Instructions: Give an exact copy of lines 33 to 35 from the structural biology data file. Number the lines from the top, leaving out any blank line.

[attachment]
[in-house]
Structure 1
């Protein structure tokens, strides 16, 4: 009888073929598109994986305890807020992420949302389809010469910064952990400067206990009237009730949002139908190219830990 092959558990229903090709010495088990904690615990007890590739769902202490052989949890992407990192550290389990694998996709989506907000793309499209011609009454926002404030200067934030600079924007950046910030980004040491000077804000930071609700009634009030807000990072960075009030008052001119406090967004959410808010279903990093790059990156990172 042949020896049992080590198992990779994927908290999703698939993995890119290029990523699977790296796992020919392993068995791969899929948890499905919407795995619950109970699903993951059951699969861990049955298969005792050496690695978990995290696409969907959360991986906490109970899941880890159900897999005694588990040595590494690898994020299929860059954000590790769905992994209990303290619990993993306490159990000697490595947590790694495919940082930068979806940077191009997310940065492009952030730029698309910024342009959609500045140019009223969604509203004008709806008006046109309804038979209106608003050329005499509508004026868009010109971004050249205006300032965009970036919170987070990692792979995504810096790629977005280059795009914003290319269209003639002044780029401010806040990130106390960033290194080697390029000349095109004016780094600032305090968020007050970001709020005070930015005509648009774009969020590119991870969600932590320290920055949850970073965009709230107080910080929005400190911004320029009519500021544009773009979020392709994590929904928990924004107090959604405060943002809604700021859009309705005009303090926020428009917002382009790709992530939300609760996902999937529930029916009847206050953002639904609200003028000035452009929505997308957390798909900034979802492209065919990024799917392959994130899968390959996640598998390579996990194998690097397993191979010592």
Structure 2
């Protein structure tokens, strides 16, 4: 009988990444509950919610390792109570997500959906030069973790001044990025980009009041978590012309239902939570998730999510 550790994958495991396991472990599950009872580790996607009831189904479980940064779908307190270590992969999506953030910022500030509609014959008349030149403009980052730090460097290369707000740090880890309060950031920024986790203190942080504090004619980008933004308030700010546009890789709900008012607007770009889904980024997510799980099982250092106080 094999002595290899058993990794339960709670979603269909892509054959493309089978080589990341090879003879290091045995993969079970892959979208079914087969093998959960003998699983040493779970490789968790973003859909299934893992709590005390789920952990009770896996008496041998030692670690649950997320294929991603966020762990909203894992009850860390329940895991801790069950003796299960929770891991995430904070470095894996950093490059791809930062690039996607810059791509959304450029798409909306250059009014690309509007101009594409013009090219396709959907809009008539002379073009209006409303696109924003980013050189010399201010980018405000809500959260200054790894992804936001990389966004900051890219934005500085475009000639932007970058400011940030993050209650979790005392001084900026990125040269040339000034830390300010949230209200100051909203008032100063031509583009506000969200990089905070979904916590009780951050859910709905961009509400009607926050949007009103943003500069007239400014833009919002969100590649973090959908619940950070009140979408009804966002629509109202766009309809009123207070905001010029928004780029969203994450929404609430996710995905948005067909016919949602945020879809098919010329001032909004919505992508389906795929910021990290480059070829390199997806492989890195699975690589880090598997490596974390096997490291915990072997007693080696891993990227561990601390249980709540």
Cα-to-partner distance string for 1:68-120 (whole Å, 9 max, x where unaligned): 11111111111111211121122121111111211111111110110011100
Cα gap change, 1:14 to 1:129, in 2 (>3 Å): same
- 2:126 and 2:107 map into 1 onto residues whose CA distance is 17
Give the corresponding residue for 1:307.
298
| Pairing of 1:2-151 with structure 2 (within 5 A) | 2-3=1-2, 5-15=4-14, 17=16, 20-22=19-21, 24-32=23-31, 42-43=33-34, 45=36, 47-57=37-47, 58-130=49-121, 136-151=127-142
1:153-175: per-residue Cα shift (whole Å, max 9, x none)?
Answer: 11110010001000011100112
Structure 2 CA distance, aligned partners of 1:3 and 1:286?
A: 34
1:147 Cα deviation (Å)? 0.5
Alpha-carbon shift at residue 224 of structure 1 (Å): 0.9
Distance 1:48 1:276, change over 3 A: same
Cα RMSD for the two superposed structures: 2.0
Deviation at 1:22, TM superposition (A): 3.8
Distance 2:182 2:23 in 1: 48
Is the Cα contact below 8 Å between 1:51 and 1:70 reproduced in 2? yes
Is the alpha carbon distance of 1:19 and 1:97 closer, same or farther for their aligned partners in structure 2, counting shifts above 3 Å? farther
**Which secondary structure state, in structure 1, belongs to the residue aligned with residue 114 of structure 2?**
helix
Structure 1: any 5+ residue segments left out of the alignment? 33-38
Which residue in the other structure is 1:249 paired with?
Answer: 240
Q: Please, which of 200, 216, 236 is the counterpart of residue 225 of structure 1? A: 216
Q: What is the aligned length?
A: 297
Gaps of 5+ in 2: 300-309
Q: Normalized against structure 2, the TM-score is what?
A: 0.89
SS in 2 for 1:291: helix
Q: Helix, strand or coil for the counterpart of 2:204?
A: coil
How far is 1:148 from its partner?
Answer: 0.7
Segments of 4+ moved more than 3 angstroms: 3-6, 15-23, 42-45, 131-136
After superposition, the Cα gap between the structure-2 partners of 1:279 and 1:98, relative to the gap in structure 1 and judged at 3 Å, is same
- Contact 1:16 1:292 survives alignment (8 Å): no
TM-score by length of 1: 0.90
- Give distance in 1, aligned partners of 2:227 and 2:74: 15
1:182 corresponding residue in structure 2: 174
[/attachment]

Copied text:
Q: Normalized against structure 2, the TM-score is what?
A: 0.89
SS in 2 for 1:291: helix